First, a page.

Bram Stoker’s “Dracula”
This is my first entry in my “Books I’ve read” category. I’ve recently finished reading Bram Stoker’s “Dracula”.
“One of the most popular stories ever told, “Dracula” (1897) has been re-created for the stage and screen hundreds of times in the last century. Yet it is essentially a Victorian saga, an awesome tale of a thrillingly bloodthirsty vampire whose nocturnal atrocities reflect the dark underside of a supremely moralistic age. Above all, “Dracula” is a quintessential story of suspense and horror, boasting one of the most terrifying characters in literature: centuries-old Count Dracula, whose diabolical passions prey upon the innocent, the helpless, the beautiful.
Bram Stoker, who was also the manager of the famous actor Sir Henry Irving, wrote seventeen novels. “Dracula” remains his most celebrated and enduring work – even today this gothic masterpiece has lost none of the spine-tingling impact that has made it a classic of the genre.”
Introduction by George Stade (Excerpt)
“For Dracula is a classic, a book that tells us not what happened but shows us something of what happens wherever there are humans. The fear of death and fear of the dead and the dream of immortality; the psychological and sexual dialectic within us of mastery and submission, of sadism and masochism, of the desire to hurt those we love and to be hurt by them for our desires; the conflict within us between knowledge turned into civilizing power and the power of unknowable and uncivil urges; the alternating control over us of the moonlit energies of the night, when fantasies rise from our sleeping heads to enact our darkest desires, and the waking renunciations of the day, domain of the reality principle; the struggle to achieve, maintain, and define manhood and womanhood – these have always been with us. In “Dracula”, for all its occasional clumsiness and systematic naivete, Stoker transformed what was merely personal or only of his time into images of something more – of something at once monstrous and definitely human.”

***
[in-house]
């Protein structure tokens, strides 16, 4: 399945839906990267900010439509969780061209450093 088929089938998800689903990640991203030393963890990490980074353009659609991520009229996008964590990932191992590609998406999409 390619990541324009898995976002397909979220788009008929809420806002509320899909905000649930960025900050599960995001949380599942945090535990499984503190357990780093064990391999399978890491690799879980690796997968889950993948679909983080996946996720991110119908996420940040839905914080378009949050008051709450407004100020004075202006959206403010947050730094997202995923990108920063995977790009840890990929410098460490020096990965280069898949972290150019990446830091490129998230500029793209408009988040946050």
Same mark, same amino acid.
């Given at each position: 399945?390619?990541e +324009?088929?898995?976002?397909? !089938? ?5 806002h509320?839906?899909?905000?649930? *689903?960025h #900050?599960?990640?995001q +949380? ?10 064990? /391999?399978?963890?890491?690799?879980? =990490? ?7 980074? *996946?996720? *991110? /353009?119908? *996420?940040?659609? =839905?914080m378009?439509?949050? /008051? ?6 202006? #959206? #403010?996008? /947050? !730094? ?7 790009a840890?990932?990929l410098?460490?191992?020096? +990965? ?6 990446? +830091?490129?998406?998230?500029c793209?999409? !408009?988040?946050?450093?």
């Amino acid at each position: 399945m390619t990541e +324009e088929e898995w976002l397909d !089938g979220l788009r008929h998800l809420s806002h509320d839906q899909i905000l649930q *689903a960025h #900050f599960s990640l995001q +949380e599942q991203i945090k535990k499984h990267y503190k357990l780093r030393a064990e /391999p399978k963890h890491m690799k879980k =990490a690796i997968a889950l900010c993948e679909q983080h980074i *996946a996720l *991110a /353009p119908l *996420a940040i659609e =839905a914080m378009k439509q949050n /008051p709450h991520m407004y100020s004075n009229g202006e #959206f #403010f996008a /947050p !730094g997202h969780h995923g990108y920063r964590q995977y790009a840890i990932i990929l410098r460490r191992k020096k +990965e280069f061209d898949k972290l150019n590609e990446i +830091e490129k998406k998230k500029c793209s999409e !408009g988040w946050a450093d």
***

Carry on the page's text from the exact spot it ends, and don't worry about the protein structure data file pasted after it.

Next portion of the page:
My review: 3/5
A little disappointing. With my previous experience (read my post entitle “In search of…” ) I was under the impression the book would be a lot darker. Some parts of it is horribly horrific, but I felt the second half of the book was slowly going nowhere. What bothers me of most classics, is that the writers are more obsessed with emphasizing how noble their characters are than with the action – and the plot (and reader) suffer because of that).